First chancellor summer interview: Scholz wants to defuse "social explosives".

For the first time, Olaf Scholz gives a summer interview as Federal Chancellor.

First chancellor summer interview: Scholz wants to defuse "social explosives".

For the first time, Olaf Scholz gives a summer interview as Federal Chancellor. The head of government is calm but focused. Price increases and poverty in the country worried him, says Scholz. But he has a plan - and it's not the one that was reported for a week.

The traditional summer interviews with the Chancellor were among the smaller highlights of reporting in the last few years of the Merkel government. Not because the chancellor always had something exciting to share, but at least women journalists were given the opportunity to have lengthy discussions with the German head of government. Olaf Scholz's first summer interview as chancellor doesn't really fall into this category because the social democrat launched a veritable communication offensive in late spring after initial criticism of his reticence. However, a few weeks ago it was still primarily about war and peace in Ukraine and the rest of Europe. The focus is increasingly on the question of what the federal government can do to counter widespread existential fears and concerns about social decline.

At the beginning of the program, the Federal Chancellor provided evidence that he knew the prices for butter and strawberries, so he had an idea of ​​the problems faced by consumers. About the explosion in energy prices and other living expenses, Scholz said: "This is social explosives," adopting a formulation by ARD journalist Tina Hassel, whose summer interview with the chancellor will be broadcast at 6 p.m. He is very concerned about this because many people can hardly bear the additional heating costs of several hundred euros. But Scholz is not a politician per se who likes to talk about the seriousness of problems and emotionally weighs challenges, as Federal Minister of Economics Robert Habeck tends to do. "It's not enough to find words," Scholz warned off when asked about the drama of the whole thing. It is now a matter of the federal government doing everything that is necessary to ensure that the energy supply works, said Scholz.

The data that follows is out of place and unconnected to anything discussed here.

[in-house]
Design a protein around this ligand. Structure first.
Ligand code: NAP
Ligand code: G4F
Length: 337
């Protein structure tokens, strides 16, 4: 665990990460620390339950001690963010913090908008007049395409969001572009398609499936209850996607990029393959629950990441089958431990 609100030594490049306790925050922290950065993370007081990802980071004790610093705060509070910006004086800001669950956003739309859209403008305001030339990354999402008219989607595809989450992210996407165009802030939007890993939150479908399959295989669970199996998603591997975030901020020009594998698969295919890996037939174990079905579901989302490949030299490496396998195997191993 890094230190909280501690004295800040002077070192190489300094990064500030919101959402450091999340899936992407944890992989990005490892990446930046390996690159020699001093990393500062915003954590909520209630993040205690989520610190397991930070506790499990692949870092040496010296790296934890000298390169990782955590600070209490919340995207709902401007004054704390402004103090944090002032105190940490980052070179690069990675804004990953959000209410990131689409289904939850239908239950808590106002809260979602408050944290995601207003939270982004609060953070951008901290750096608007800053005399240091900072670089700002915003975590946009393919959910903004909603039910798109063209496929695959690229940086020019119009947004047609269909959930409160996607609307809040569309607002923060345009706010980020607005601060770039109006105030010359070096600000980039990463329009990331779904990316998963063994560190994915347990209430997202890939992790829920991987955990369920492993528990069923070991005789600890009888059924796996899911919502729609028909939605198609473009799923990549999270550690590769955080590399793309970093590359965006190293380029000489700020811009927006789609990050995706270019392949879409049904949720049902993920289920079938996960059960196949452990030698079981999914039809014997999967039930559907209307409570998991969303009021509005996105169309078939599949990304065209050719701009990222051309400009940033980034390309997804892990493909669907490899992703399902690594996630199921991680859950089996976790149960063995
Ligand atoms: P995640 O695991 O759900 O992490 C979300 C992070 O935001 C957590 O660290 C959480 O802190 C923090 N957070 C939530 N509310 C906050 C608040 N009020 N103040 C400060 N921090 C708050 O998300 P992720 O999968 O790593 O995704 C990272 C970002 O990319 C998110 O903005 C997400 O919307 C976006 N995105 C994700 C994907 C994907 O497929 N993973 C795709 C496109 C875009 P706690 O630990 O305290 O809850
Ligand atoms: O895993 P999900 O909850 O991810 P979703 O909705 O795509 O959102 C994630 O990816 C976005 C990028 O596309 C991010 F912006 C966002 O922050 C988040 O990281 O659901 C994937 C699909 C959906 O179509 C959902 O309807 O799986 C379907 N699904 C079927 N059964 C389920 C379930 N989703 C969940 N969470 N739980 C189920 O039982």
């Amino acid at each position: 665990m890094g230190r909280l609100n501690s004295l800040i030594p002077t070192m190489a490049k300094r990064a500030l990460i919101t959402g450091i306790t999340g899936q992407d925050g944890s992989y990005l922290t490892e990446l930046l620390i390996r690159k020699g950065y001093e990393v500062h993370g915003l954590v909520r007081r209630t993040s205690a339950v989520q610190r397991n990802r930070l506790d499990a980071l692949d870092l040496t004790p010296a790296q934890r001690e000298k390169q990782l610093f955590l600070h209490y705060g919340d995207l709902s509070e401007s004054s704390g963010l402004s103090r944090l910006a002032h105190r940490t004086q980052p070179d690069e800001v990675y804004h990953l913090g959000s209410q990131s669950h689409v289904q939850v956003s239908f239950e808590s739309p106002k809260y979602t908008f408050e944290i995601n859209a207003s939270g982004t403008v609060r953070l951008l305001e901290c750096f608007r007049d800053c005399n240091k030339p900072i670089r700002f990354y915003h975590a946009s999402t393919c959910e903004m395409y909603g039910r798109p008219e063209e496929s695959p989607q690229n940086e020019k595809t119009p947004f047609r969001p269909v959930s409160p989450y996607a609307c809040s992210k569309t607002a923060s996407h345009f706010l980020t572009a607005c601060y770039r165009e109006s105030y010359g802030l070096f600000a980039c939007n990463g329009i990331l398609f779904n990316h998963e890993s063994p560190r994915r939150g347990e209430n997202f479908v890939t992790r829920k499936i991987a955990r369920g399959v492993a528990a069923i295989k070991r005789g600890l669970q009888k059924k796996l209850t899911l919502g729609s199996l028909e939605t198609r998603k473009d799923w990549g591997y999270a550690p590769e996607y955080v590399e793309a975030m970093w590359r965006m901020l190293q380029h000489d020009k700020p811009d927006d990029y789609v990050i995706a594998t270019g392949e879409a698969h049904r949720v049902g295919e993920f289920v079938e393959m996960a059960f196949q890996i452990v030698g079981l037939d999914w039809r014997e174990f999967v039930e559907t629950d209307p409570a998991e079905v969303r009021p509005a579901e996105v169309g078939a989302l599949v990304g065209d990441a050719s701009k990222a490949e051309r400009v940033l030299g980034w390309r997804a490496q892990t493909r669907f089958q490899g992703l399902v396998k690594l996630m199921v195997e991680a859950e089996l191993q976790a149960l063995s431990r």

Because governing politicians, like doctors, should never appear at a loss in a crisis, Chancellor Scholz called for concerted action, based on historical examples from recent Federal Republican history. On Monday, trade unions, employers' associations and experts are to discuss with the government how they can counter the loss of purchasing power for consumers and at the same time galloping price increases for companies. It's about setting up a "process" in which "everyone in Germany hooks up again," said Scholz. It was the rather nebulous promise to the patient that the treatment options had not yet been exhausted, without going into detail.